She sits alone in a chair quite unlike a chair. She sits in waiting, but waiting is not the chair, nor is the chair quite anything like a chair. The chair is sit upon by cloth, flesh and sinew, bone and blood, but the chair is still unlike a chair and she is still in sitting in waiting in the chair unlike a chair.
Is it much a chair? That is much to say, to say much. But what must a chair be to be a chair, or a woman to be a woman, as a man is a man or a child is a child? Why not a child a chair, a chair a man, a man a woman, and a woman a man? This is much too much to say, to say much. But she waits and sits and waits and sits in the chair quite unlike a chair for the man who is to come into the room from the room leading from the door nearest. But I am getting ahead of myself here.
She sits alone in a chair that is actually a bed. This bed is a bed, and explains why a chair is not a man, nor a man a woman, nor a woman a man, nor is a man a chair, nor the man in the room leading from the door nearest a woman. He is not paying attention. She merely sits in the bed unlike a chair and quite unlike a child, having established this series as fact. And she sits alone.
Her form deforms the form of the form of the fitted sheet beneath her bottom’s bottom and her sitting shapes the shape of the shape of the form deformed by her form. But, having sat on the bed unlike a chair unlike a chair for such a period, the deformed form of the form of the fitted sheeted beneath her patterned with the crossing of shapes so elegant and the shaped shape of the shape of the form deformed by her form discomforts her. She squints at her work. He, still in the room adjoining the room in which she sits, remains with his work as she squints at her work in the bed. Working in the bed he has made once twice or more and she countless.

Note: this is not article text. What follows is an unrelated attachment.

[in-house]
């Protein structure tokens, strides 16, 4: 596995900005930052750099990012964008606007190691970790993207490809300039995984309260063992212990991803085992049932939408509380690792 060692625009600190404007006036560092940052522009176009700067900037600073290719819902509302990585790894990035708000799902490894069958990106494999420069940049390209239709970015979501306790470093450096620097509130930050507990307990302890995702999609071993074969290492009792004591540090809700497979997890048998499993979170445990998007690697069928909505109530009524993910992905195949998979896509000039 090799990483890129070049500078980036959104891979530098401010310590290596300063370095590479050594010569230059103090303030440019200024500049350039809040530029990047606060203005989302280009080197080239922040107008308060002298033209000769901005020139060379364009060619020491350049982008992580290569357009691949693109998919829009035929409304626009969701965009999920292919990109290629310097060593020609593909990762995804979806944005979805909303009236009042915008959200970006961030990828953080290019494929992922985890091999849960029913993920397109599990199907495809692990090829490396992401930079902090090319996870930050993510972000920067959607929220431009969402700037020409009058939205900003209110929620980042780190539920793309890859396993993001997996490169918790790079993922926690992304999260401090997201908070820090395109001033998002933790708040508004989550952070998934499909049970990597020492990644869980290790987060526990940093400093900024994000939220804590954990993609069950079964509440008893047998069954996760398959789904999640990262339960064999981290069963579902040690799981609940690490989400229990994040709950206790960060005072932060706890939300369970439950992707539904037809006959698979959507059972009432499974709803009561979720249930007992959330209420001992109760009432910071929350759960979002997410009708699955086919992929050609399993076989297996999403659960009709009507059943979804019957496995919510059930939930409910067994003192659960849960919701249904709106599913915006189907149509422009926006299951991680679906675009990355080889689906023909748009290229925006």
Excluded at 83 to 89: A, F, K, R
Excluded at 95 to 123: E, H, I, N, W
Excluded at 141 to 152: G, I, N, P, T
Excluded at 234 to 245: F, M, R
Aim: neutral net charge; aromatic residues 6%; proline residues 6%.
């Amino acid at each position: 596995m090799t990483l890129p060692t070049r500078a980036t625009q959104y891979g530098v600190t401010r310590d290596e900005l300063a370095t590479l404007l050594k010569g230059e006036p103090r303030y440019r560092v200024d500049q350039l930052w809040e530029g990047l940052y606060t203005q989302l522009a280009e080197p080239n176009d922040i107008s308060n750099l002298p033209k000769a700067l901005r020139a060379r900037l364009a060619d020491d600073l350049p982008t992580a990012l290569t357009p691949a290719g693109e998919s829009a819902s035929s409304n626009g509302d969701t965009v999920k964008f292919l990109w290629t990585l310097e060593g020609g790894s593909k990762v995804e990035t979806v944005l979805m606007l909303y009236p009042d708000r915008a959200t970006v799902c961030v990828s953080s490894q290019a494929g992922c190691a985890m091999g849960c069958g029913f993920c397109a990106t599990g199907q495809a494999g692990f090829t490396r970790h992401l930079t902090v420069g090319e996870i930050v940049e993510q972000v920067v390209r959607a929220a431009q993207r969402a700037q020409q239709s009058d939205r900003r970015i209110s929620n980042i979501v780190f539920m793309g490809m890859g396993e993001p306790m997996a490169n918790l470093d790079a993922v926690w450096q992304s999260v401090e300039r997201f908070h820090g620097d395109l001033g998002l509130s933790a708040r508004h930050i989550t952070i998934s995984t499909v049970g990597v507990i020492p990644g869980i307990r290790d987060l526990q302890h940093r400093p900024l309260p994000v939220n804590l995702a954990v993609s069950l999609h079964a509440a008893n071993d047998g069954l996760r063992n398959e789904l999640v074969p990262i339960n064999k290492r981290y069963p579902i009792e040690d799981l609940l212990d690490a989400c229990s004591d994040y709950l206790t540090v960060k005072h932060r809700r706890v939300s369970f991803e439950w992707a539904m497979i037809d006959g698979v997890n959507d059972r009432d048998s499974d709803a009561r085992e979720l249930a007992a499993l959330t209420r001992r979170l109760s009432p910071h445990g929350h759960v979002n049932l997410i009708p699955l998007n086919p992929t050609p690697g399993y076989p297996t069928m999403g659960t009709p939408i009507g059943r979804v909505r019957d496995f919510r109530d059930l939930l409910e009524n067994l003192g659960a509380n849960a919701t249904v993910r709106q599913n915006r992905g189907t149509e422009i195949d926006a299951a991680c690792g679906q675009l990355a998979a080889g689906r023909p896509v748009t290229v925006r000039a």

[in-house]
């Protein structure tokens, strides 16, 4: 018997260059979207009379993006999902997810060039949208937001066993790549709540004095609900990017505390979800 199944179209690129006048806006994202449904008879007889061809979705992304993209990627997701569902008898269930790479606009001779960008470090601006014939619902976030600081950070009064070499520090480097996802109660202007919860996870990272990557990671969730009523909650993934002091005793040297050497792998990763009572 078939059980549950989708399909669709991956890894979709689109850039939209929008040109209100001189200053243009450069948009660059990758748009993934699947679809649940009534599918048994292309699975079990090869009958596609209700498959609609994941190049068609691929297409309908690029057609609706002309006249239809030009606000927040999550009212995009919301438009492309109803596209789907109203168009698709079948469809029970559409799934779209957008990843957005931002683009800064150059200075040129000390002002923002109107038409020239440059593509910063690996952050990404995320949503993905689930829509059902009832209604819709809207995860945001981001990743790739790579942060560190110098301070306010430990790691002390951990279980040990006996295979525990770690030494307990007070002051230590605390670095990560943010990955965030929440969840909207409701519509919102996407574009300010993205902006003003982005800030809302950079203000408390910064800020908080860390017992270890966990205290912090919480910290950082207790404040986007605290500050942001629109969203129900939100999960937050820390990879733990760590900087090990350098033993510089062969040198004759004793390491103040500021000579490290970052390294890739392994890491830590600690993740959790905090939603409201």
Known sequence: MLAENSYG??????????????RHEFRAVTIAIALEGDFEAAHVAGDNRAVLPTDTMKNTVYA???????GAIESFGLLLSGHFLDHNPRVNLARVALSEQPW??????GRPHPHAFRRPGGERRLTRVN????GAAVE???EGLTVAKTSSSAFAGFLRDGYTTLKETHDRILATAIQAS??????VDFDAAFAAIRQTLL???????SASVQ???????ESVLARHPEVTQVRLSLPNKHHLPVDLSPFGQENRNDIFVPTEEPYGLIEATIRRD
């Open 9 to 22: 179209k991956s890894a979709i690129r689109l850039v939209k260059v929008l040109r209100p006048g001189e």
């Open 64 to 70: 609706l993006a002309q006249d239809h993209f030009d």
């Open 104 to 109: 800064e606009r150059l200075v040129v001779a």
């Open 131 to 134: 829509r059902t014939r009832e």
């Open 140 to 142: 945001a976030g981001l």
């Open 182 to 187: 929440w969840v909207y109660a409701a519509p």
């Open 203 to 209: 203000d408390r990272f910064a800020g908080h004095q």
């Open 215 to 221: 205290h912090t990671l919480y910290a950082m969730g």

He rests his hand on the counter. The counter glistens and gleams and glints in grease but She doesn’t know what he knows as he doesn’t know she what she knows of him knowing a falsehood. His brow too glistens and gleams and glints in the light but unlike the counter. He and the counter are separate. As is she. As is he. As is it. As they are, as are they, are they? And yes I believe it so, but what is I and who is I is that? No, no know, know no.
She rests and works in the bed in the room adjoining his room adjoining her room she works. Perhaps unbeknownst to either be the looming of thought of the distance between them. In that one moment, in this one moment, they are both in moments unsynchronized and on display as two metronomes at two paces in two places so far and so far and so far. But now She rests and works and He rests and works and they think of here and there and where they are and will be and have been and want to be. Still they rest and work and rest and work. Presently, they rest.
I have recently acquired a copy of Gertrude Stein‘s Two: Gertrude Stein and Her Brother and I’m in love with it. The sheer individuality and duality established by her writing is phenomenal, and, though I am but a few pages into the piece, I felt compelled to try out her style myself. It’s hard to write like this, but fun. I note that I can’t kept it up like she can — she can go on for several pages with a very controlled pace and seemingly move nowhere in the action. I lack that finesse. However, I am happy enough to share this with you, and invite you to try your hand with the portrait style of writing. Hopefully, I can study her work a bit more and understand the language that’s happening.